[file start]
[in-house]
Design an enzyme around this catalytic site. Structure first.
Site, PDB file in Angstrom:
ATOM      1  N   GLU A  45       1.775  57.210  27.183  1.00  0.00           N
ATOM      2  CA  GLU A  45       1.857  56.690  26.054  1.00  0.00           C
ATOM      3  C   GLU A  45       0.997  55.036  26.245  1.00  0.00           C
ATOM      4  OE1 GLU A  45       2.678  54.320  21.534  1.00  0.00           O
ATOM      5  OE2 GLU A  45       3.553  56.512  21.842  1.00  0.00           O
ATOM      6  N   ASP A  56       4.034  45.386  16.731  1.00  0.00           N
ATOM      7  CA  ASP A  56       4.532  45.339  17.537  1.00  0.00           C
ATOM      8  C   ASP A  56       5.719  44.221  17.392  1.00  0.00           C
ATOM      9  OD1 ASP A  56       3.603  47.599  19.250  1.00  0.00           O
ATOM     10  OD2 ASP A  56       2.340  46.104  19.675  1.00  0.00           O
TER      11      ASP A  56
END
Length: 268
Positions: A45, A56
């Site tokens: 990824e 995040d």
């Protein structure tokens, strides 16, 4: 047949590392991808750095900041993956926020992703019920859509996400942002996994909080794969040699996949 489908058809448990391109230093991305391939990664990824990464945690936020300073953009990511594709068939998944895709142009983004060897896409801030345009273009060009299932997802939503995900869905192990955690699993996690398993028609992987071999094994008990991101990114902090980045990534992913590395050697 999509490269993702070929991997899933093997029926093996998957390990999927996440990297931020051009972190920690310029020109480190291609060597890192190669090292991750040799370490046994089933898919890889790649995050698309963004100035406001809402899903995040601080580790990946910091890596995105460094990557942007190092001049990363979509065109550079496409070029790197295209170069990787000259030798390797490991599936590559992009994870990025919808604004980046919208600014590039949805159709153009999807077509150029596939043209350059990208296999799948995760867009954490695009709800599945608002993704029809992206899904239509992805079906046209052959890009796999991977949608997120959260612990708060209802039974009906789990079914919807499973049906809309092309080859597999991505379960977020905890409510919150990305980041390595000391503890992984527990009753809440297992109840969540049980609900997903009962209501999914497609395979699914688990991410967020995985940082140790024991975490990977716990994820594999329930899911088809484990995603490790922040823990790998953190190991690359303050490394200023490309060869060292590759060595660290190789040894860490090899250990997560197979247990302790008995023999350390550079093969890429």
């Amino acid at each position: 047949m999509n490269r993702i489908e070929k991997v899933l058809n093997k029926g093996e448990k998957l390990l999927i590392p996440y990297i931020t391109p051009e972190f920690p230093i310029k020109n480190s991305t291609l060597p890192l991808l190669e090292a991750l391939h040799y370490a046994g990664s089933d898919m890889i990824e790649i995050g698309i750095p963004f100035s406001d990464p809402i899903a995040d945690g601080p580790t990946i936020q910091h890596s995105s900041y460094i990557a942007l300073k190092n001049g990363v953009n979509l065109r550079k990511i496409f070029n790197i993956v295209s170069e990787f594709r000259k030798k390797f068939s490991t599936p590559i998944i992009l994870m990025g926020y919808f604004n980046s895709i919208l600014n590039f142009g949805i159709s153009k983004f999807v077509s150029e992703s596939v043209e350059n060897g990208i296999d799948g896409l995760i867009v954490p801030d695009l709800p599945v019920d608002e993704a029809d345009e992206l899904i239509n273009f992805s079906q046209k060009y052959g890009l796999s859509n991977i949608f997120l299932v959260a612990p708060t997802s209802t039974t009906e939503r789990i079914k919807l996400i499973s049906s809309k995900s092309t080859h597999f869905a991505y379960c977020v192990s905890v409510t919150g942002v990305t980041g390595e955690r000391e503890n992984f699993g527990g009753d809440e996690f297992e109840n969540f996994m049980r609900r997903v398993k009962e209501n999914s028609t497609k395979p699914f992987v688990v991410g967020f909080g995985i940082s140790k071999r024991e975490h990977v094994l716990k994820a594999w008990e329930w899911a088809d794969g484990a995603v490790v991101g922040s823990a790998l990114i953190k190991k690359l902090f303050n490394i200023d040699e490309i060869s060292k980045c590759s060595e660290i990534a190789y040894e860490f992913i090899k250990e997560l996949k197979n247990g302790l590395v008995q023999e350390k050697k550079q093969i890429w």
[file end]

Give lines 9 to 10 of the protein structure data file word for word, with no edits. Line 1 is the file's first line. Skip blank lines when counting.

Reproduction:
ATOM      6  N   ASP A  56       4.034  45.386  16.731  1.00  0.00           N
ATOM      7  CA  ASP A  56       4.532  45.339  17.537  1.00  0.00           C